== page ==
Your validation.yml file should now appear in the files list:

There are other ways to synchronise the files, with say a pull request in the source control view, or a git pull command in terminal, but this is the way I prefer.

Create the code to deploy a Resource Group

Create the Code

Our pipeline is now in place to validate our code in Azure DevOps. We saw in the last post when looking at the output of the pipeline job, that no infrastructure was to be deployed, so now let’s change that. The process is broadly similar for pretty much all Azure resources, so we’ll start with a general prerequisite for most things, the Resource Group.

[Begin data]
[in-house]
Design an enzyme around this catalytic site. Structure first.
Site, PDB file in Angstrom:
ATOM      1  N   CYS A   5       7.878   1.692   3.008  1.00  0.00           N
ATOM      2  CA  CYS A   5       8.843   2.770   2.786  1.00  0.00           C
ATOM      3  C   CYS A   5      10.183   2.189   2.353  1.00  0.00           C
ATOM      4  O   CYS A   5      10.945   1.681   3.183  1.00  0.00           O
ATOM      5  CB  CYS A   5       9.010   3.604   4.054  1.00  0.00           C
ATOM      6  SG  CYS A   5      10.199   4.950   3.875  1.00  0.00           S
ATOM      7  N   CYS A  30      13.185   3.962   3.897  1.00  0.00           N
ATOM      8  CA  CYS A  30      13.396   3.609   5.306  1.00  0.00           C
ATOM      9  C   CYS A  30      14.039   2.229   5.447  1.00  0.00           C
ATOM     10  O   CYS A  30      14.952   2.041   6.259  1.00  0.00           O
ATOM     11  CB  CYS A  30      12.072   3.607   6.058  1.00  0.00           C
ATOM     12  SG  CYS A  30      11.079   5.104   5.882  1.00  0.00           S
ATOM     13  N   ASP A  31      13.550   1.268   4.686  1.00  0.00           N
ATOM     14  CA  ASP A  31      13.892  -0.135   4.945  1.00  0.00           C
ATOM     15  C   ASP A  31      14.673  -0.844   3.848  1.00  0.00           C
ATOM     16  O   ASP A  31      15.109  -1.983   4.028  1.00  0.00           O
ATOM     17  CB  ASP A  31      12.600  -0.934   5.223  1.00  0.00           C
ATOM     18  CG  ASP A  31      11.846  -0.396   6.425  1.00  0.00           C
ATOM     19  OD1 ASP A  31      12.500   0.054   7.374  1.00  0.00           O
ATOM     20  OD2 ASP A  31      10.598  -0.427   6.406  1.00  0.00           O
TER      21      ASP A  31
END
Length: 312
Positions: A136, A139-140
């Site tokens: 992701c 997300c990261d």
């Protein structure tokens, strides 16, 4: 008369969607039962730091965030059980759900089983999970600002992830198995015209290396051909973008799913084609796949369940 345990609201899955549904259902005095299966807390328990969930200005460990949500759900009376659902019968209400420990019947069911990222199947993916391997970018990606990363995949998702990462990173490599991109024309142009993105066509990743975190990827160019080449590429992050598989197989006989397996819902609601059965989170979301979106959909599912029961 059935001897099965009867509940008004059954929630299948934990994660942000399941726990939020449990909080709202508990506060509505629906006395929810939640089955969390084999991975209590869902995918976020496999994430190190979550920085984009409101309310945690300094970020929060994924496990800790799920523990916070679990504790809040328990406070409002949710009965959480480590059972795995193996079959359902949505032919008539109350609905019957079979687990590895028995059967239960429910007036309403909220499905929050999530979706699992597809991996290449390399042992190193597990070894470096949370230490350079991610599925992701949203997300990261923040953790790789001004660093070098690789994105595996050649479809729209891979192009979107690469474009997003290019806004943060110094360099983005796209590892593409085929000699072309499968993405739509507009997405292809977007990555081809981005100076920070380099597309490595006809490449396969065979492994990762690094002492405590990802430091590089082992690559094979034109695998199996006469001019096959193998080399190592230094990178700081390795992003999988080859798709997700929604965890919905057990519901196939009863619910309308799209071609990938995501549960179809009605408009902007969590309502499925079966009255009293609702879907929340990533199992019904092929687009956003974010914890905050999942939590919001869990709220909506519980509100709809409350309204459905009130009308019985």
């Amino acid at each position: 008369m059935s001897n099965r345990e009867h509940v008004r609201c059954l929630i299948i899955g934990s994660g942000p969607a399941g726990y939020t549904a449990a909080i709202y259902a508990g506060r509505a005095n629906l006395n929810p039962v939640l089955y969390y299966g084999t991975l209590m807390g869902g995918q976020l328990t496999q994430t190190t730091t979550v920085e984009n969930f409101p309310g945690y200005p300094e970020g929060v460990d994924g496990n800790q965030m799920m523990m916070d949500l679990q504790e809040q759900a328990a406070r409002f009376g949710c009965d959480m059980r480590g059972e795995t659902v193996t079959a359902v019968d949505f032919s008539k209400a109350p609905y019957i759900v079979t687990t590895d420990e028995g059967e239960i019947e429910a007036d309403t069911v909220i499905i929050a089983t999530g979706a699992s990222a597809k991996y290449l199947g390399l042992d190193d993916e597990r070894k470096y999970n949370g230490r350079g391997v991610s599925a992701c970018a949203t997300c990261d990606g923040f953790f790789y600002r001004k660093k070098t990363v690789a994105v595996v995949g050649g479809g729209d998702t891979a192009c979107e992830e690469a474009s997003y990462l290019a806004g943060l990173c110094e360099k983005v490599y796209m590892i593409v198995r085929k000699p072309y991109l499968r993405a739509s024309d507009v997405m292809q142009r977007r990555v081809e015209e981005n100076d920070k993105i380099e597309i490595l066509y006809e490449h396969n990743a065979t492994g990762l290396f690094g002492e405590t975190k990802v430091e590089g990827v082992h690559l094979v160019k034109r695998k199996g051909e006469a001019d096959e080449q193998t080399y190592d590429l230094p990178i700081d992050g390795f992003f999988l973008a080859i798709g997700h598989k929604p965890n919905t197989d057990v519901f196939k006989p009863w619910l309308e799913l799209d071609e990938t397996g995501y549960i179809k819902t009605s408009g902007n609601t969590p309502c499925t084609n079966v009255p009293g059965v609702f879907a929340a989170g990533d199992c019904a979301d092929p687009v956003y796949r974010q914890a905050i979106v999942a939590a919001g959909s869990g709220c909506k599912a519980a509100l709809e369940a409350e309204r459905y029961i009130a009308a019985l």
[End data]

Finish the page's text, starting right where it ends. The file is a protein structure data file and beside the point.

When creating your code, it’s always a good idea to look at HashiCorp’s reference site for that resource. It will give you some example code, all relevant variables. arguments and attributes, and it can really speed up your development time. The specific page for a Resource Group is here.

The file we use to store the code for resource deployment is our main.tf file (but remember it can be named anything – I use main.tf to keep things logical in my mind). Copy the example code from the HashiCorp site and paste it at the top of your main.tf file in VS Code:

resource "azurerm_resource_group" "example" {
  name     = "example"
  location = "West Europe"

I want things to be a little different than their example. I want to use my own naming conventions and I want to use a different region, so I’ll just edit the code:

resource "azurerm_resource_group" "first_uks_rg" {
  name     = "uks-example-rg-01"
  location = "UK South"